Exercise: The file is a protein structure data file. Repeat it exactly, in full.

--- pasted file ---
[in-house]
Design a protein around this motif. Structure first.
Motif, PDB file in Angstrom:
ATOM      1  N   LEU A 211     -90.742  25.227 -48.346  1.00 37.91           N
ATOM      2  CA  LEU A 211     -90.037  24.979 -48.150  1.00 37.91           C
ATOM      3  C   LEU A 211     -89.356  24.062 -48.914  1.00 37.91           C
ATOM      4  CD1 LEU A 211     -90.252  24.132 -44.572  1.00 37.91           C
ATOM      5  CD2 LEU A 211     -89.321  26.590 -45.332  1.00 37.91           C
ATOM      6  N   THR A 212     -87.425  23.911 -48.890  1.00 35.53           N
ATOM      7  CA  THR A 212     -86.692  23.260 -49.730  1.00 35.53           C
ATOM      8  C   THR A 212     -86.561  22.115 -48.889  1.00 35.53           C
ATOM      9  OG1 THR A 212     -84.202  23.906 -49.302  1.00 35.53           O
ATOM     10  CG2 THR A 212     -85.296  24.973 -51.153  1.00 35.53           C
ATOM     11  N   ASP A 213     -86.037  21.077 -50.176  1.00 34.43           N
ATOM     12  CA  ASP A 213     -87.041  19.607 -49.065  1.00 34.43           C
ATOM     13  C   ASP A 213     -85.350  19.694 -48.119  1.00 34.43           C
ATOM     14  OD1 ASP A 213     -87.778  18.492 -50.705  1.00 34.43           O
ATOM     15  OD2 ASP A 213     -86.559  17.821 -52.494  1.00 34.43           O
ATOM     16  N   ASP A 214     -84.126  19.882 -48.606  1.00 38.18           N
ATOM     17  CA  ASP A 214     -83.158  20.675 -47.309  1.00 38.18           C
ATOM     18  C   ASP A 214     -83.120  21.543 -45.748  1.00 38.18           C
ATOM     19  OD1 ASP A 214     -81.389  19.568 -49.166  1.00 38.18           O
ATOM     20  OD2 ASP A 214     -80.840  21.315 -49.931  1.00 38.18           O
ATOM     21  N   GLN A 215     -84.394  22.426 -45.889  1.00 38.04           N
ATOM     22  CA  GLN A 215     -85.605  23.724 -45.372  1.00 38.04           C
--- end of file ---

[in-house]
Design a protein around this motif. Structure first.
Motif, PDB file in Angstrom:
ATOM      1  N   LEU A 211     -90.742  25.227 -48.346  1.00 37.91           N
ATOM      2  CA  LEU A 211     -90.037  24.979 -48.150  1.00 37.91           C
ATOM      3  C   LEU A 211     -89.356  24.062 -48.914  1.00 37.91           C
ATOM      4  CD1 LEU A 211     -90.252  24.132 -44.572  1.00 37.91           C
ATOM      5  CD2 LEU A 211     -89.321  26.590 -45.332  1.00 37.91           C
ATOM      6  N   THR A 212     -87.425  23.911 -48.890  1.00 35.53           N
ATOM      7  CA  THR A 212     -86.692  23.260 -49.730  1.00 35.53           C
ATOM      8  C   THR A 212     -86.561  22.115 -48.889  1.00 35.53           C
ATOM      9  OG1 THR A 212     -84.202  23.906 -49.302  1.00 35.53           O
ATOM     10  CG2 THR A 212     -85.296  24.973 -51.153  1.00 35.53           C
ATOM     11  N   ASP A 213     -86.037  21.077 -50.176  1.00 34.43           N
ATOM     12  CA  ASP A 213     -87.041  19.607 -49.065  1.00 34.43           C
ATOM     13  C   ASP A 213     -85.350  19.694 -48.119  1.00 34.43           C
ATOM     14  OD1 ASP A 213     -87.778  18.492 -50.705  1.00 34.43           O
ATOM     15  OD2 ASP A 213     -86.559  17.821 -52.494  1.00 34.43           O
ATOM     16  N   ASP A 214     -84.126  19.882 -48.606  1.00 38.18           N
ATOM     17  CA  ASP A 214     -83.158  20.675 -47.309  1.00 38.18           C
ATOM     18  C   ASP A 214     -83.120  21.543 -45.748  1.00 38.18           C
ATOM     19  OD1 ASP A 214     -81.389  19.568 -49.166  1.00 38.18           O
ATOM     20  OD2 ASP A 214     -80.840  21.315 -49.931  1.00 38.18           O
ATOM     21  N   GLN A 215     -84.394  22.426 -45.889  1.00 38.04           N
ATOM     22  CA  GLN A 215     -85.605  23.724 -45.372  1.00 38.04           C